Home Loan Wholesale

Directory Listings of Top Lenders & Loan Brokers Online

May 28, 2010

FHA Refinance vs Conventional Home Refinancing

Category: Conventional,FHA – admin – 12:38 am

In a recent article, Mortgage Refinancing Buzz compares conventional and FHA refinancing in a side by side analysis.  The mortgage advisor notes that both types of refinance loans have their pros and cons so it all comes down to selecting a refinance program that best meets you individual needs.  In 2010 there were many revisions to underwriting criteria for conventional and FHA loan requirements.  MRB recommends finding out what your loan qualifications are with a mortgage lender you trust.

A conventional refinance loan is a traditional mortgage used to refinance an existing mortgage that stays within the conforming loan limits of $417,000.  FHA streamline refinance allows FHA customers to refinance anytime the market rate drops into a position that would save them money.  During turbulent the FHA refinance loan provides some assurances that if the rates drop, the FHA borrower can reap the benefits.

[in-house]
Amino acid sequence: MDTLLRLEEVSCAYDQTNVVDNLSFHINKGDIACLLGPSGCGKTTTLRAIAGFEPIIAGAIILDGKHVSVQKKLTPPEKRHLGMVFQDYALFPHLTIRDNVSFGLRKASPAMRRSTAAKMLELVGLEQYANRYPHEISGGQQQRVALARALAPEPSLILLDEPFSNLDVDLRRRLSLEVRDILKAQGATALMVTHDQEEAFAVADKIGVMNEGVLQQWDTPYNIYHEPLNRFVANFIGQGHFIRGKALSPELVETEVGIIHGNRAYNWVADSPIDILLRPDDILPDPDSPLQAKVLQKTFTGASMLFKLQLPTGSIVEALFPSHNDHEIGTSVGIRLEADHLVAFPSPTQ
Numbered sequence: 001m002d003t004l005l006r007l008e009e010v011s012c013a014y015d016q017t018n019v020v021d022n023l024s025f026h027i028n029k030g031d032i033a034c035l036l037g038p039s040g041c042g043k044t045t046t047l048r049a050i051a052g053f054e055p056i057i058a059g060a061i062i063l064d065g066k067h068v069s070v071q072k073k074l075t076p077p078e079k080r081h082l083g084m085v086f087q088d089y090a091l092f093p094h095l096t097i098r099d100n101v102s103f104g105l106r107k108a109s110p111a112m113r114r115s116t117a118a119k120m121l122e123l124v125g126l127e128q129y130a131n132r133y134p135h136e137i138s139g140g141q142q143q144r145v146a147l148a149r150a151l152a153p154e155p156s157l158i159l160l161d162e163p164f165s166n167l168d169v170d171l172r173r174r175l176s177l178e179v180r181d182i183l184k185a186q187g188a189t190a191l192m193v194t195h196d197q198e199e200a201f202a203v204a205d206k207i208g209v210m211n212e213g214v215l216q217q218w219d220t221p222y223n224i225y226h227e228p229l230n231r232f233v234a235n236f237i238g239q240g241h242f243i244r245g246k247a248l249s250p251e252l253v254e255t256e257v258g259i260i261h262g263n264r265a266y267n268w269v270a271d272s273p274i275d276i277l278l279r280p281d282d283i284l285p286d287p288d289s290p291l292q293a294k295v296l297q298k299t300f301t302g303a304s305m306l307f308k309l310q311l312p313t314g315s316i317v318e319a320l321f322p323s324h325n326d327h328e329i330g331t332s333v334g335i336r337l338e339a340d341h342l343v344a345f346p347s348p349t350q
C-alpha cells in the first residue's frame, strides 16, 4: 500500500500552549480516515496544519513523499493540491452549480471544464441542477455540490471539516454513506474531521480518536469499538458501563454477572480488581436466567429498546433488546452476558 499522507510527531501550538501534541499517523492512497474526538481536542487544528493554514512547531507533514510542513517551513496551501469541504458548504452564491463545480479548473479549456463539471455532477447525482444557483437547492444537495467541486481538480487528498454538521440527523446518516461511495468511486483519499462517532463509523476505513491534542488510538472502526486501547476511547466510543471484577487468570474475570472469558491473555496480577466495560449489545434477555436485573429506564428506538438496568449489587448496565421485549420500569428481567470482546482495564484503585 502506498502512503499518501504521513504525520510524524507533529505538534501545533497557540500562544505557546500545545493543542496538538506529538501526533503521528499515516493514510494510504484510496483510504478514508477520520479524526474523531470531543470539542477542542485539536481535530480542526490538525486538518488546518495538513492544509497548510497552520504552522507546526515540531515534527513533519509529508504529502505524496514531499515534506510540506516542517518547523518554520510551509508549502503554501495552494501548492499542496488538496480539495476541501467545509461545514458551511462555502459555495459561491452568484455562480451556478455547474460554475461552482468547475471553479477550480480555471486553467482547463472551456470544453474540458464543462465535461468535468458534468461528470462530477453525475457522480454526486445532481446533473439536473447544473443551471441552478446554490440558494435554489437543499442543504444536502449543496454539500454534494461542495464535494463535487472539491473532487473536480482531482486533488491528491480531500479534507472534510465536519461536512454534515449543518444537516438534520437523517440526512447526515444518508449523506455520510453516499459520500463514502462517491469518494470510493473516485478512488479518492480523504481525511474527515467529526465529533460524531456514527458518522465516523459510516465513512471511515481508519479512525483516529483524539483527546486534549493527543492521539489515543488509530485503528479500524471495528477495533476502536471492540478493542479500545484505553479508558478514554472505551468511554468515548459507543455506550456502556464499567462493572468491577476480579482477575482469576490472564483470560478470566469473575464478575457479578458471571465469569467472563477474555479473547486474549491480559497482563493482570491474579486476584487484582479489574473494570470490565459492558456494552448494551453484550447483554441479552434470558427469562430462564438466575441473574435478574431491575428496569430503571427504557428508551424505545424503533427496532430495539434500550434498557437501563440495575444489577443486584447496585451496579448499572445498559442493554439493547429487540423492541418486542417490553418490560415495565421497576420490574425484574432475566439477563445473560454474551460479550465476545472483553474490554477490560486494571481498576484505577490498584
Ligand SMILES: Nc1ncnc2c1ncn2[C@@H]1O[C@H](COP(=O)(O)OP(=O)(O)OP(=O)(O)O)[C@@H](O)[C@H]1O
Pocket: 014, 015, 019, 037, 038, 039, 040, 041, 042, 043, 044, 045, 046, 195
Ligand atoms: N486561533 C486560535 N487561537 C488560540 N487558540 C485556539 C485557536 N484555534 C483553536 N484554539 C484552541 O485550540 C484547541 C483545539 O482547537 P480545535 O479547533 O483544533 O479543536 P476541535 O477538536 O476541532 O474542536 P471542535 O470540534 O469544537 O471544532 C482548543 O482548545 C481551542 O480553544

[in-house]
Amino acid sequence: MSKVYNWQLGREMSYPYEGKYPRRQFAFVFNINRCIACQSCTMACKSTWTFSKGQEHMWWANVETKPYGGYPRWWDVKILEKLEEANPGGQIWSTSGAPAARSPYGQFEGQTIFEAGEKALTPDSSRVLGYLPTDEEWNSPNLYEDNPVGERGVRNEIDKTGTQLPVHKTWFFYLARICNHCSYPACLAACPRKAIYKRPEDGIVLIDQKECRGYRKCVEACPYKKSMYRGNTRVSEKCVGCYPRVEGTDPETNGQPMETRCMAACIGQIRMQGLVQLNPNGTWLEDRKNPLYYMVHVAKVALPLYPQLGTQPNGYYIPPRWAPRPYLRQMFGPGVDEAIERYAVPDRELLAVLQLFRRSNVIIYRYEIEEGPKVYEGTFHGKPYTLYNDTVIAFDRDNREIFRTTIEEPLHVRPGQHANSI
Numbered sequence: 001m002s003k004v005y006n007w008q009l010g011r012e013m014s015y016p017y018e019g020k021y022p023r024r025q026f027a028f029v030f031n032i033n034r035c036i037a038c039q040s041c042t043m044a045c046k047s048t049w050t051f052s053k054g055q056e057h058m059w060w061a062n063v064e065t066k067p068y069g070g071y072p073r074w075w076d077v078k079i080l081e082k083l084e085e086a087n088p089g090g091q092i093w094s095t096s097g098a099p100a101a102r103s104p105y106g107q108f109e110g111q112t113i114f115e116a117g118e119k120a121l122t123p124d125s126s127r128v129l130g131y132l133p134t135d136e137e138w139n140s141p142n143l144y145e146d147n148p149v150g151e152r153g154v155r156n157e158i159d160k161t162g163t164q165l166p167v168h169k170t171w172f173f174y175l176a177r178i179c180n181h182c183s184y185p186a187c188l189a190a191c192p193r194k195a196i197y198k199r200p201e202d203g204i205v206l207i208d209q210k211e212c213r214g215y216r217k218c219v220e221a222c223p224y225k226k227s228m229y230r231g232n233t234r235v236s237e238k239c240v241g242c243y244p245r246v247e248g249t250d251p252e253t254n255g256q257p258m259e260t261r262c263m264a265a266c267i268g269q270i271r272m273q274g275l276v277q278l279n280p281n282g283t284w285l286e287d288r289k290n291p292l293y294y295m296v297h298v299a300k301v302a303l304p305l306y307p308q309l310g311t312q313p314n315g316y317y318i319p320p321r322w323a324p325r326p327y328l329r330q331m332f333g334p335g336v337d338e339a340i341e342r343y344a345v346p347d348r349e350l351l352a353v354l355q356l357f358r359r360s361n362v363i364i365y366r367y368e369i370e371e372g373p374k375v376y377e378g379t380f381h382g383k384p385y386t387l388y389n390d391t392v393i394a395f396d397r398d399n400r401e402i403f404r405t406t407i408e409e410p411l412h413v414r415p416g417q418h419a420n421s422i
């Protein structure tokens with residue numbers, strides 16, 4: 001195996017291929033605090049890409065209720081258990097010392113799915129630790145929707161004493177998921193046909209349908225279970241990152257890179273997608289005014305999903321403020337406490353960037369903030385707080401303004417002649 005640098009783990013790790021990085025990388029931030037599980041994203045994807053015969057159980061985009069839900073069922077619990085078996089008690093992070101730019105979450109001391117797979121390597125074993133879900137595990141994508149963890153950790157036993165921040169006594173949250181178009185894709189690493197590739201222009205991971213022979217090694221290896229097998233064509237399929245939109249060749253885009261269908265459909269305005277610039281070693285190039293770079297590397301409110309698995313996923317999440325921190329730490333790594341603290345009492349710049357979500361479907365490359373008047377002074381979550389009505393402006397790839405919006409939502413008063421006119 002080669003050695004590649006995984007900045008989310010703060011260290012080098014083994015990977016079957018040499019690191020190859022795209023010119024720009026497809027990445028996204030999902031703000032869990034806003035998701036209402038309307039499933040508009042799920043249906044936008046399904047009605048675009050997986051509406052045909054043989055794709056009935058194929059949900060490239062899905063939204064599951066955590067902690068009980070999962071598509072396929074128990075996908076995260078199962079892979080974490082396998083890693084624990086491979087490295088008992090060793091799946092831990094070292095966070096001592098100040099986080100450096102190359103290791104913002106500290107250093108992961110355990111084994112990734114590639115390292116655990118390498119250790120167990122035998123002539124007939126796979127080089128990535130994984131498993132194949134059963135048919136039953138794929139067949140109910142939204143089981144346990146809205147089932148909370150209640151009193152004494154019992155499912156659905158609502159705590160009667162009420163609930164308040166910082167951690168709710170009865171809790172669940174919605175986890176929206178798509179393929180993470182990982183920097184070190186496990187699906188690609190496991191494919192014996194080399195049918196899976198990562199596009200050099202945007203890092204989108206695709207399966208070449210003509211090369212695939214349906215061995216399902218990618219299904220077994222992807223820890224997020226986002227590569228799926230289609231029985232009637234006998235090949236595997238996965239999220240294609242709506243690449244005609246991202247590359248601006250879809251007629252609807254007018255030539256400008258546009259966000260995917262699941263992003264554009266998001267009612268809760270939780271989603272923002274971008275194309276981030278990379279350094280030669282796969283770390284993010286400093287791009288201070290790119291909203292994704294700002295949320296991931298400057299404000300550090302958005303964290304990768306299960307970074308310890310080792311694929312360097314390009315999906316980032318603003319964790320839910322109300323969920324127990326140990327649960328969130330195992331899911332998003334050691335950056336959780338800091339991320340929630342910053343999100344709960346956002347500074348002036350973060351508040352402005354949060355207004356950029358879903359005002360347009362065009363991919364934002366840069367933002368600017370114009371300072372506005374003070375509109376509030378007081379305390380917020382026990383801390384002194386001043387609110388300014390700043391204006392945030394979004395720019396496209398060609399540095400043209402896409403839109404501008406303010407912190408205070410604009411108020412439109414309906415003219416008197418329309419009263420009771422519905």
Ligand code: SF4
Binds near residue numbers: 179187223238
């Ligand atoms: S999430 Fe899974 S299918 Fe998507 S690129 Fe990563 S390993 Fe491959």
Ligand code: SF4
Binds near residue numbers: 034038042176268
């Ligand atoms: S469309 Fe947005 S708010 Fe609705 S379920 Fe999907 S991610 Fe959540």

Read the original Mortgage Refinancing Buzz article > Comparing Conventional Refinance Loans to FHA Refinancing

Share

December 14, 2009

MBA Predicts Higher Mortgage Rates and Less Home Loan Originations

Category: Conventional,Home Loan News,Mortgage Industry News – admin – 6:43 pm

Slowly rising mortgage interest rates along with relatively sluggish home sales will have repercussions in the mortgage industry over the next few quarters according to the Mortgage Bankers Associations Forecast for the Fourth Quarter of 2009.  “The most important factor driving recent declines in real estate market activity and increases in home loan delinquencies and foreclosures has been the ongoing job losses and rising unemployment rates stemming from the most severe recession the country has experienced in a generation.

Current mortgage interest rates, home prices, and household incomes all impact affordability. Today, mortgage rates remain near record lows, and with the continued decline in home prices, for those with resources, it is a buyers’ market like we haven’t seen in years. Obviously, the problem is that there are not enough potential homebuyers who have the income and down-payment, and who feel confident both that the housing market will recover, and that their job situation is secure, to boost demand despite the improvements in affordability.”